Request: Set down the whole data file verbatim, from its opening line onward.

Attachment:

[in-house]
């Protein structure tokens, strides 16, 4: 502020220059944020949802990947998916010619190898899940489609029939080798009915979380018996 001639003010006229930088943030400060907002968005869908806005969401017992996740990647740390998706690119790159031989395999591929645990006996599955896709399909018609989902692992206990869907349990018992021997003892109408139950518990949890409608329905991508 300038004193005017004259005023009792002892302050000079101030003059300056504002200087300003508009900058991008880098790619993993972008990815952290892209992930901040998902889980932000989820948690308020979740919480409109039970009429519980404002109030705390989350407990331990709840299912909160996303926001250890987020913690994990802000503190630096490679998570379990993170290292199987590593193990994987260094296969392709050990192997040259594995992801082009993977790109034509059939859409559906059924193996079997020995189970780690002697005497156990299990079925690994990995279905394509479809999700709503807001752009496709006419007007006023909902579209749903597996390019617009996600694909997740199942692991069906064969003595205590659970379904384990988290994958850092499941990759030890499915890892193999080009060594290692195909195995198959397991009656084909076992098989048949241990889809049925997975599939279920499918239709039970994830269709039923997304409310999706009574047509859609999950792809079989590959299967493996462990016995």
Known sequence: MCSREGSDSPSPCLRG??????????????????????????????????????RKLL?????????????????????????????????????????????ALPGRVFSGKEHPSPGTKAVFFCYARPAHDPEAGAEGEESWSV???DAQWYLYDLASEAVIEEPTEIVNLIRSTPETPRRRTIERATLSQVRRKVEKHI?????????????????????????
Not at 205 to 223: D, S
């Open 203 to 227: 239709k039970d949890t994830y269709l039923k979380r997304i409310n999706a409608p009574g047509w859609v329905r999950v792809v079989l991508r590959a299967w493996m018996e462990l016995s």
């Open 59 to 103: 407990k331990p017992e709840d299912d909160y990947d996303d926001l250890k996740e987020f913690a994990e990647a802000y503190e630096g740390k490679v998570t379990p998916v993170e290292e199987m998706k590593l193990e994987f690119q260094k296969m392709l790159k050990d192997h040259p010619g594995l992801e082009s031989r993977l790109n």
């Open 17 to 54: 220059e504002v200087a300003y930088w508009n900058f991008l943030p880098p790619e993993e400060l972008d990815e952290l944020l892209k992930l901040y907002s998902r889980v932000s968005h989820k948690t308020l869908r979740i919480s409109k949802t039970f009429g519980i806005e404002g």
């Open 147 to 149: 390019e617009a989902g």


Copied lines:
[in-house]
């Protein structure tokens, strides 16, 4: 502020220059944020949802990947998916010619190898899940489609029939080798009915979380018996 001639003010006229930088943030400060907002968005869908806005969401017992996740990647740390998706690119790159031989395999591929645990006996599955896709399909018609989902692992206990869907349990018992021997003892109408139950518990949890409608329905991508 300038004193005017004259005023009792002892302050000079101030003059300056504002200087300003508009900058991008880098790619993993972008990815952290892209992930901040998902889980932000989820948690308020979740919480409109039970009429519980404002109030705390989350407990331990709840299912909160996303926001250890987020913690994990802000503190630096490679998570379990993170290292199987590593193990994987260094296969392709050990192997040259594995992801082009993977790109034509059939859409559906059924193996079997020995189970780690002697005497156990299990079925690994990995279905394509479809999700709503807001752009496709006419007007006023909902579209749903597996390019617009996600694909997740199942692991069906064969003595205590659970379904384990988290994958850092499941990759030890499915890892193999080009060594290692195909195995198959397991009656084909076992098989048949241990889809049925997975599939279920499918239709039970994830269709039923997304409310999706009574047509859609999950792809079989590959299967493996462990016995």
Known sequence: MCSREGSDSPSPCLRG??????????????????????????????????????RKLL?????????????????????????????????????????????ALPGRVFSGKEHPSPGTKAVFFCYARPAHDPEAGAEGEESWSV???DAQWYLYDLASEAVIEEPTEIVNLIRSTPETPRRRTIERATLSQVRRKVEKHI?????????????????????????
Not at 205 to 223: D, S
């Open 203 to 227: 239709k039970d949890t994830y269709l039923k979380r997304i409310n999706a409608p009574g047509w859609v329905r999950v792809v079989l991508r590959a299967w493996m018996e462990l016995s």
């Open 59 to 103: 407990k331990p017992e709840d299912d909160y990947d996303d926001l250890k996740e987020f913690a994990e990647a802000y503190e630096g740390k490679v998570t379990p998916v993170e290292e199987m998706k590593l193990e994987f690119q260094k296969m392709l790159k050990d192997h040259p010619g594995l992801e082009s031989r993977l790109n």
């Open 17 to 54: 220059e504002v200087a300003y930088w508009n900058f991008l943030p880098p790619e993993e400060l972008d990815e952290l944020l892209k992930l901040y907002s998902r889980v932000s968005h989820k948690t308020l869908r979740i919480s409109k949802t039970f009429g519980i806005e404002g």
């Open 147 to 149: 390019e617009a989902g």